The Department of Labor and Industry on Monday named Partnership Health Center in Missoula as Montana's “Employer of Choice” in 2022, marking the first time the facility has been recognized with the award on a statewide level.

The organization was recognized at the local level as an Employer of Choice twice before. This time, however, the statewide accolades cover the large business category.

Kristi Harman, the director of staff engagement at PHC, said the organization emphasizes staff engagement.

“It's an art in that we are always looking for creative new ways we can support our staff, and it's a science because we use evidence-based survey tools to measure staff engagement and collect input from our team about what's working for them, what's challenging them and how we can improve how we support them,” she said. “That open line of communication is critical for us in our ongoing effort to make PHC the best place to work in Montana.”

Partnership Health Center was founded in 1992 after Missoula County was designated as a Medically Underserved Area by the federal government. It has since growth to employ 267 people and has expanded its reach in recent years, opening up new satellite clinics while growing its services.

It also completed a building renovation in 2008 and launched its Family Medicine Residency program in 2013 to train new doctors.

A cohort of doctors complete their residency at Partnership Health Center. (Martin Kidston/Missoula Current)
A cohort of doctors complete their residency at Partnership Health Center in Missoula. (Martin Kidston/Missoula Current)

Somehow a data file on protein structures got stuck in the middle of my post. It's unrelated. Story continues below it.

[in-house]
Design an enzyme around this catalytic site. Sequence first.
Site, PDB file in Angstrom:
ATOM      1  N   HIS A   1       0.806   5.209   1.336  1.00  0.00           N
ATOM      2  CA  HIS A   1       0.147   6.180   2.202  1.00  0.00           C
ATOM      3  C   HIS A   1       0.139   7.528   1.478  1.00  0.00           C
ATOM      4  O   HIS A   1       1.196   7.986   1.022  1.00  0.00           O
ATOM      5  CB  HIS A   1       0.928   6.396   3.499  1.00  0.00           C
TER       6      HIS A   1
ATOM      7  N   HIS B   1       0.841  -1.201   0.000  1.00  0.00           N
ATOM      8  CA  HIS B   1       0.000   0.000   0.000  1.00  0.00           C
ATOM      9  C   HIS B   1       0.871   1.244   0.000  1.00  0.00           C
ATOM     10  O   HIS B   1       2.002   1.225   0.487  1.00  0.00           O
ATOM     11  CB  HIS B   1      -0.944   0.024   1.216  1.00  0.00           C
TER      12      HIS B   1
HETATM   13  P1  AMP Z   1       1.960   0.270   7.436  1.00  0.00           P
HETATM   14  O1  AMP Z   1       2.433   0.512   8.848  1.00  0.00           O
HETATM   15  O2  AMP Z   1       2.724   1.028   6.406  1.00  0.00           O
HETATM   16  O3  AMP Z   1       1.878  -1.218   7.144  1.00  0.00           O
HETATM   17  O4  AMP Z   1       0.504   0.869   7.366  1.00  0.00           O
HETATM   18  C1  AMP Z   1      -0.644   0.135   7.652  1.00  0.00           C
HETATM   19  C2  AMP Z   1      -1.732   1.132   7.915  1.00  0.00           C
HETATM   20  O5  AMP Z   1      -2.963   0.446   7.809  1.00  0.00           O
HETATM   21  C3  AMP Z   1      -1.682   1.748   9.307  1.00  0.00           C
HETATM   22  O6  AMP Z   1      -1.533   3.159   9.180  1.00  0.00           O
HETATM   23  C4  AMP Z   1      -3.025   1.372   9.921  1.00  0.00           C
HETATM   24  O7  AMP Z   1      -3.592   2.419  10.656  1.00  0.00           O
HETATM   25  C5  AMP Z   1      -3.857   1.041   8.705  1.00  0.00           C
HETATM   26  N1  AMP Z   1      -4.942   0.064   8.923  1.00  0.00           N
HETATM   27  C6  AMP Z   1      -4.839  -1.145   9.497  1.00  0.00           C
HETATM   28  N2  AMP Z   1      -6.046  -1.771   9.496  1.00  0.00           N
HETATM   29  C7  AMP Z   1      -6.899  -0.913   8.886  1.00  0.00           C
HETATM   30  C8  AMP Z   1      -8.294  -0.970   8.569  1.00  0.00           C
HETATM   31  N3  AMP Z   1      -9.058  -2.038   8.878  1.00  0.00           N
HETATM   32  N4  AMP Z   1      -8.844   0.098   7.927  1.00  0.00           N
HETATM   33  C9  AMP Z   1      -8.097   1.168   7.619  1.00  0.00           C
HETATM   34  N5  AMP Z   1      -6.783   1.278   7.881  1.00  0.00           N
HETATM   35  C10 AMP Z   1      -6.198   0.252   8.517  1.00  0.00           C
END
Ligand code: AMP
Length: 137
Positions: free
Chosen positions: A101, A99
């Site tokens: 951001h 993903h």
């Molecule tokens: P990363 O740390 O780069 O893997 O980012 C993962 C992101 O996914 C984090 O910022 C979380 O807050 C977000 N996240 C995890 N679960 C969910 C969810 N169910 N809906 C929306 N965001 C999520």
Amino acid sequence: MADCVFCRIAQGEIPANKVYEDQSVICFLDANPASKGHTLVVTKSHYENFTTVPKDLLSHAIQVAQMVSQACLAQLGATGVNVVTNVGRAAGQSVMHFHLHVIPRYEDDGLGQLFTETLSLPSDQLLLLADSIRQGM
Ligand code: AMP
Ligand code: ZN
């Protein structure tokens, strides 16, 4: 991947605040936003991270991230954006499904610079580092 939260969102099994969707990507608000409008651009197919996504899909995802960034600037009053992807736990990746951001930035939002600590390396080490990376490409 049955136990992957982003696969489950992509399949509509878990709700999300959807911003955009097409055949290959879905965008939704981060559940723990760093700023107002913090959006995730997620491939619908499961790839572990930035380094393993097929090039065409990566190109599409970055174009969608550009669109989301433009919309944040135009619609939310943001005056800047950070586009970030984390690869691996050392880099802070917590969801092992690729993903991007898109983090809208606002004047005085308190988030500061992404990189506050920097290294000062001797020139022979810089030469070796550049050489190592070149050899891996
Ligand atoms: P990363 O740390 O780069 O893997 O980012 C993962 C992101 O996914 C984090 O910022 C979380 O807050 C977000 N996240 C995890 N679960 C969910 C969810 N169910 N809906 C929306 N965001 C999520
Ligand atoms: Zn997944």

“Our board and our leadership team believe strongly that our ability to deliver on our mission and create positive impact across Missoula County starts with a healthy, supported and engaged workforce,” said executive director Laurie Francis. “Dedicating time and resources to staff engagement certainly helps us maximize our collective impact, but it’s also the right thing to do.”

PHC offers its staff a range of benefits including free counseling, paid parental leave, paid vacation and a flexible spending account.

During the pandemic, when employees across the city found themselves with additional childcare costs, PHC stepped in to provide financial assistance to help defray the costs.

“With unemployment in Montana at historic lows, it's more important than ever that employers go above and beyond to attract and retain talent,” said Laurie Esau, commissioner of the Montana Department of Labor & Industry. “Offering competitive benefits and wages, fostering a positive workplace culture, and encouraging employee development and growth can all help employers build the workforce they need to meet their customers’ needs.”